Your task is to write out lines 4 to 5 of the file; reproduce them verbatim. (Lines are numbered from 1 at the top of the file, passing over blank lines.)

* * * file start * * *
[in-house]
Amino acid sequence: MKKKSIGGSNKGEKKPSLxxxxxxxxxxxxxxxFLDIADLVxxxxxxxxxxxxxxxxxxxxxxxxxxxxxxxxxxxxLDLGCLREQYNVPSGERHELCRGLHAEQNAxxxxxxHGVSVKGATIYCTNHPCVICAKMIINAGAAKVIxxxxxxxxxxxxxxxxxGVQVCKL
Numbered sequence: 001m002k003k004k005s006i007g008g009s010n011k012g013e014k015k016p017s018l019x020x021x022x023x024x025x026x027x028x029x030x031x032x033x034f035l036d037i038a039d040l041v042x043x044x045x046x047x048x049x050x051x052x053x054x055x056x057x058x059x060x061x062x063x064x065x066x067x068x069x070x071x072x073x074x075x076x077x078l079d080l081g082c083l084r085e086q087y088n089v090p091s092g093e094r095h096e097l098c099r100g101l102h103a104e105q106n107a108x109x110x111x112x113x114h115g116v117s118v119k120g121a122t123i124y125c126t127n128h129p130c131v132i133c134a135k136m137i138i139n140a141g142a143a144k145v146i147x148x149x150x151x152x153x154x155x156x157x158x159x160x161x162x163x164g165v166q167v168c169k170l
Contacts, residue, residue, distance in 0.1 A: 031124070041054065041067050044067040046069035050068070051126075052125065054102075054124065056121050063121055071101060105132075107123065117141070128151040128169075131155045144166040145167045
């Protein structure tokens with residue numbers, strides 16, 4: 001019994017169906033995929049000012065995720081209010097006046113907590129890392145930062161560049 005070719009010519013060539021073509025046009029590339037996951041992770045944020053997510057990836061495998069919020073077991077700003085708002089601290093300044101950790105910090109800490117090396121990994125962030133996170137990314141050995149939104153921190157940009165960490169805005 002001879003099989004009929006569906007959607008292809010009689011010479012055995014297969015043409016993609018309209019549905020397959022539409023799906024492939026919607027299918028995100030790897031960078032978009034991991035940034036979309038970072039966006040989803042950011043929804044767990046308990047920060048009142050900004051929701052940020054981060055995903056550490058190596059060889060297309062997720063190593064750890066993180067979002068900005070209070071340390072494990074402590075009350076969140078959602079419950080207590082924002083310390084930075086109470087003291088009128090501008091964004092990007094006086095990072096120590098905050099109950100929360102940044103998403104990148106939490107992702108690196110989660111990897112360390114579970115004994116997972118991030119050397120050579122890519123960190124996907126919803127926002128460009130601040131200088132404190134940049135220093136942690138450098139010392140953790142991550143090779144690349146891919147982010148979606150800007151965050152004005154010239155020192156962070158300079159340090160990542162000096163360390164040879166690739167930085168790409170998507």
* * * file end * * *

Contacts, residue, residue, distance in 0.1 A: 031124070041054065041067050044067040046069035050068070051126075052125065054102075054124065056121050063121055071101060105132075107123065117141070128151040128169075131155045144166040145167045
């Protein structure tokens with residue numbers, strides 16, 4: 001019994017169906033995929049000012065995720081209010097006046113907590129890392145930062161560049 005070719009010519013060539021073509025046009029590339037996951041992770045944020053997510057990836061495998069919020073077991077700003085708002089601290093300044101950790105910090109800490117090396121990994125962030133996170137990314141050995149939104153921190157940009165960490169805005 002001879003099989004009929006569906007959607008292809010009689011010479012055995014297969015043409016993609018309209019549905020397959022539409023799906024492939026919607027299918028995100030790897031960078032978009034991991035940034036979309038970072039966006040989803042950011043929804044767990046308990047920060048009142050900004051929701052940020054981060055995903056550490058190596059060889060297309062997720063190593064750890066993180067979002068900005070209070071340390072494990074402590075009350076969140078959602079419950080207590082924002083310390084930075086109470087003291088009128090501008091964004092990007094006086095990072096120590098905050099109950100929360102940044103998403104990148106939490107992702108690196110989660111990897112360390114579970115004994116997972118991030119050397120050579122890519123960190124996907126919803127926002128460009130601040131200088132404190134940049135220093136942690138450098139010392140953790142991550143090779144690349146891919147982010148979606150800007151965050152004005154010239155020192156962070158300079159340090160990542162000096163360390164040879166690739167930085168790409170998507």